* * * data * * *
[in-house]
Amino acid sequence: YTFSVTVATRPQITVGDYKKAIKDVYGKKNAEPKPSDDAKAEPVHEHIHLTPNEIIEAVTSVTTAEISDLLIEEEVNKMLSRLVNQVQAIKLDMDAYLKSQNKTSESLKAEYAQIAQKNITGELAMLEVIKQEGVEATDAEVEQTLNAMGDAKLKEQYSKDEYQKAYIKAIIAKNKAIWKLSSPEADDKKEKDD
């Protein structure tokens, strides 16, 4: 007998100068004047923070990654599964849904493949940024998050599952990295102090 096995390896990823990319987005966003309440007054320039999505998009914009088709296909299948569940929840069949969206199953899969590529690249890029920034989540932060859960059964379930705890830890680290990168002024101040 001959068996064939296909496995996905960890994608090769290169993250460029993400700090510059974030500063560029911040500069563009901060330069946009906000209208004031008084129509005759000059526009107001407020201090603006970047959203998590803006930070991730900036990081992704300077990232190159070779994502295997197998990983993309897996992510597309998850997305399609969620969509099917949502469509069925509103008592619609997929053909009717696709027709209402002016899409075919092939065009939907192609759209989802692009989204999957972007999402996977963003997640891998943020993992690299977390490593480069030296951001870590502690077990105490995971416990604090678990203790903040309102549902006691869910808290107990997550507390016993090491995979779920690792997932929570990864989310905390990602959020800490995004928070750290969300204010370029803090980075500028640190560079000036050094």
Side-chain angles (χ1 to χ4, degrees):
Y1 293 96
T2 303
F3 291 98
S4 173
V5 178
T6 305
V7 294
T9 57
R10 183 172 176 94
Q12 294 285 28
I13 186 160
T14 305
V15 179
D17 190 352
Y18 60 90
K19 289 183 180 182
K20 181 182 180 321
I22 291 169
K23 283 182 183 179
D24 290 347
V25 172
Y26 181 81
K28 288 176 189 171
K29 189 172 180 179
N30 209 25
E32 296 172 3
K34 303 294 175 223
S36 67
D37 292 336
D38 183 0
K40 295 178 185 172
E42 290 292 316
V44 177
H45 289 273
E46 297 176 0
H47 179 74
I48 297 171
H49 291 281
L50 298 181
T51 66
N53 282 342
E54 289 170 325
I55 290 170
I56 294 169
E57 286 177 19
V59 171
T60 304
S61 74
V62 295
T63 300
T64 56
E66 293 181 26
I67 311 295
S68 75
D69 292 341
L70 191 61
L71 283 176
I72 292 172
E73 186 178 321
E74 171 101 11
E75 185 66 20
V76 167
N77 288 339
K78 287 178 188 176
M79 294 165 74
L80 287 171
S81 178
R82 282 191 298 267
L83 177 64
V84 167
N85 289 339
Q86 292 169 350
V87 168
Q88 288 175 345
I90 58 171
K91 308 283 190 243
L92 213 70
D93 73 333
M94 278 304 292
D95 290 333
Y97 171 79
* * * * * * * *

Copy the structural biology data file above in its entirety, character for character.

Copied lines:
[in-house]
Amino acid sequence: YTFSVTVATRPQITVGDYKKAIKDVYGKKNAEPKPSDDAKAEPVHEHIHLTPNEIIEAVTSVTTAEISDLLIEEEVNKMLSRLVNQVQAIKLDMDAYLKSQNKTSESLKAEYAQIAQKNITGELAMLEVIKQEGVEATDAEVEQTLNAMGDAKLKEQYSKDEYQKAYIKAIIAKNKAIWKLSSPEADDKKEKDD
């Protein structure tokens, strides 16, 4: 007998100068004047923070990654599964849904493949940024998050599952990295102090 096995390896990823990319987005966003309440007054320039999505998009914009088709296909299948569940929840069949969206199953899969590529690249890029920034989540932060859960059964379930705890830890680290990168002024101040 001959068996064939296909496995996905960890994608090769290169993250460029993400700090510059974030500063560029911040500069563009901060330069946009906000209208004031008084129509005759000059526009107001407020201090603006970047959203998590803006930070991730900036990081992704300077990232190159070779994502295997197998990983993309897996992510597309998850997305399609969620969509099917949502469509069925509103008592619609997929053909009717696709027709209402002016899409075919092939065009939907192609759209989802692009989204999957972007999402996977963003997640891998943020993992690299977390490593480069030296951001870590502690077990105490995971416990604090678990203790903040309102549902006691869910808290107990997550507390016993090491995979779920690792997932929570990864989310905390990602959020800490995004928070750290969300204010370029803090980075500028640190560079000036050094």
Side-chain angles (χ1 to χ4, degrees):
Y1 293 96
T2 303
F3 291 98
S4 173
V5 178
T6 305
V7 294
T9 57
R10 183 172 176 94
Q12 294 285 28
I13 186 160
T14 305
V15 179
D17 190 352
Y18 60 90
K19 289 183 180 182
K20 181 182 180 321
I22 291 169
K23 283 182 183 179
D24 290 347
V25 172
Y26 181 81
K28 288 176 189 171
K29 189 172 180 179
N30 209 25
E32 296 172 3
K34 303 294 175 223
S36 67
D37 292 336
D38 183 0
K40 295 178 185 172
E42 290 292 316
V44 177
H45 289 273
E46 297 176 0
H47 179 74
I48 297 171
H49 291 281
L50 298 181
T51 66
N53 282 342
E54 289 170 325
I55 290 170
I56 294 169
E57 286 177 19
V59 171
T60 304
S61 74
V62 295
T63 300
T64 56
E66 293 181 26
I67 311 295
S68 75
D69 292 341
L70 191 61
L71 283 176
I72 292 172
E73 186 178 321
E74 171 101 11
E75 185 66 20
V76 167
N77 288 339
K78 287 178 188 176
M79 294 165 74
L80 287 171
S81 178
R82 282 191 298 267
L83 177 64
V84 167
N85 289 339
Q86 292 169 350
V87 168
Q88 288 175 345
I90 58 171
K91 308 283 190 243
L92 213 70
D93 73 333
M94 278 304 292
D95 290 333
Y97 171 79